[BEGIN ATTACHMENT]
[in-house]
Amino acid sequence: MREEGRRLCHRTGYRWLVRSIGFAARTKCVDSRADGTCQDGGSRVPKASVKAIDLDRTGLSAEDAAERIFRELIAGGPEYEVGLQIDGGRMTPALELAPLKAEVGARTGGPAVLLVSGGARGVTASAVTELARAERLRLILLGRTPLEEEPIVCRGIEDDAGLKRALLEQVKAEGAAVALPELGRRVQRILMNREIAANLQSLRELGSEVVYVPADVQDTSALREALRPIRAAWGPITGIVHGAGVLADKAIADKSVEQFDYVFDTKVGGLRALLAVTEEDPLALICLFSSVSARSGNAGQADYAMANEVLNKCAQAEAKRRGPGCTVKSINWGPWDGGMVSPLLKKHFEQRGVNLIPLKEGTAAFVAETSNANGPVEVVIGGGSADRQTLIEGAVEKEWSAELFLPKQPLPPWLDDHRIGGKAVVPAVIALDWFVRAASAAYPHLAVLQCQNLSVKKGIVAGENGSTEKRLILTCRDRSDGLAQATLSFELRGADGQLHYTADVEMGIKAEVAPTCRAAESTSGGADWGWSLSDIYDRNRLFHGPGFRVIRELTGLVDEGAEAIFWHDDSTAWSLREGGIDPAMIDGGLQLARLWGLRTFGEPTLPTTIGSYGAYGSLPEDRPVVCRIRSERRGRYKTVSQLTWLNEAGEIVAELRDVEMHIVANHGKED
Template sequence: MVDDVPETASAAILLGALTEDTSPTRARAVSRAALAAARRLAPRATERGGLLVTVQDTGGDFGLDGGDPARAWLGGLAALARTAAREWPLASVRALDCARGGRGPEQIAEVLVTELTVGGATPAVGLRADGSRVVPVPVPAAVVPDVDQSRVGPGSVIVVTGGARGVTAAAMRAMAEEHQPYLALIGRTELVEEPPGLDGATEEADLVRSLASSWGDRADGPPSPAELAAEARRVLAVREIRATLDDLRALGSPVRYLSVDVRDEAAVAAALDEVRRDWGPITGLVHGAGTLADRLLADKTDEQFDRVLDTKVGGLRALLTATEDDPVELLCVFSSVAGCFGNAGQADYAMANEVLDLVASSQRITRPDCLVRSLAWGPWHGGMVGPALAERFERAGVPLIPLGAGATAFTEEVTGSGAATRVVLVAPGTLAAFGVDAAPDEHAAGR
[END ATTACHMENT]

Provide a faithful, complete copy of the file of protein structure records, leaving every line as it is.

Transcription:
[in-house]
Amino acid sequence: MREEGRRLCHRTGYRWLVRSIGFAARTKCVDSRADGTCQDGGSRVPKASVKAIDLDRTGLSAEDAAERIFRELIAGGPEYEVGLQIDGGRMTPALELAPLKAEVGARTGGPAVLLVSGGARGVTASAVTELARAERLRLILLGRTPLEEEPIVCRGIEDDAGLKRALLEQVKAEGAAVALPELGRRVQRILMNREIAANLQSLRELGSEVVYVPADVQDTSALREALRPIRAAWGPITGIVHGAGVLADKAIADKSVEQFDYVFDTKVGGLRALLAVTEEDPLALICLFSSVSARSGNAGQADYAMANEVLNKCAQAEAKRRGPGCTVKSINWGPWDGGMVSPLLKKHFEQRGVNLIPLKEGTAAFVAETSNANGPVEVVIGGGSADRQTLIEGAVEKEWSAELFLPKQPLPPWLDDHRIGGKAVVPAVIALDWFVRAASAAYPHLAVLQCQNLSVKKGIVAGENGSTEKRLILTCRDRSDGLAQATLSFELRGADGQLHYTADVEMGIKAEVAPTCRAAESTSGGADWGWSLSDIYDRNRLFHGPGFRVIRELTGLVDEGAEAIFWHDDSTAWSLREGGIDPAMIDGGLQLARLWGLRTFGEPTLPTTIGSYGAYGSLPEDRPVVCRIRSERRGRYKTVSQLTWLNEAGEIVAELRDVEMHIVANHGKED
Template sequence: MVDDVPETASAAILLGALTEDTSPTRARAVSRAALAAARRLAPRATERGGLLVTVQDTGGDFGLDGGDPARAWLGGLAALARTAAREWPLASVRALDCARGGRGPEQIAEVLVTELTVGGATPAVGLRADGSRVVPVPVPAAVVPDVDQSRVGPGSVIVVTGGARGVTAAAMRAMAEEHQPYLALIGRTELVEEPPGLDGATEEADLVRSLASSWGDRADGPPSPAELAAEARRVLAVREIRATLDDLRALGSPVRYLSVDVRDEAAVAAALDEVRRDWGPITGLVHGAGTLADRLLADKTDEQFDRVLDTKVGGLRALLTATEDDPVELLCVFSSVAGCFGNAGQADYAMANEVLDLVASSQRITRPDCLVRSLAWGPWHGGMVGPALAERFERAGVPLIPLGAGATAFTEEVTGSGAATRVVLVAPGTLAAFGVDAAPDEHAAGR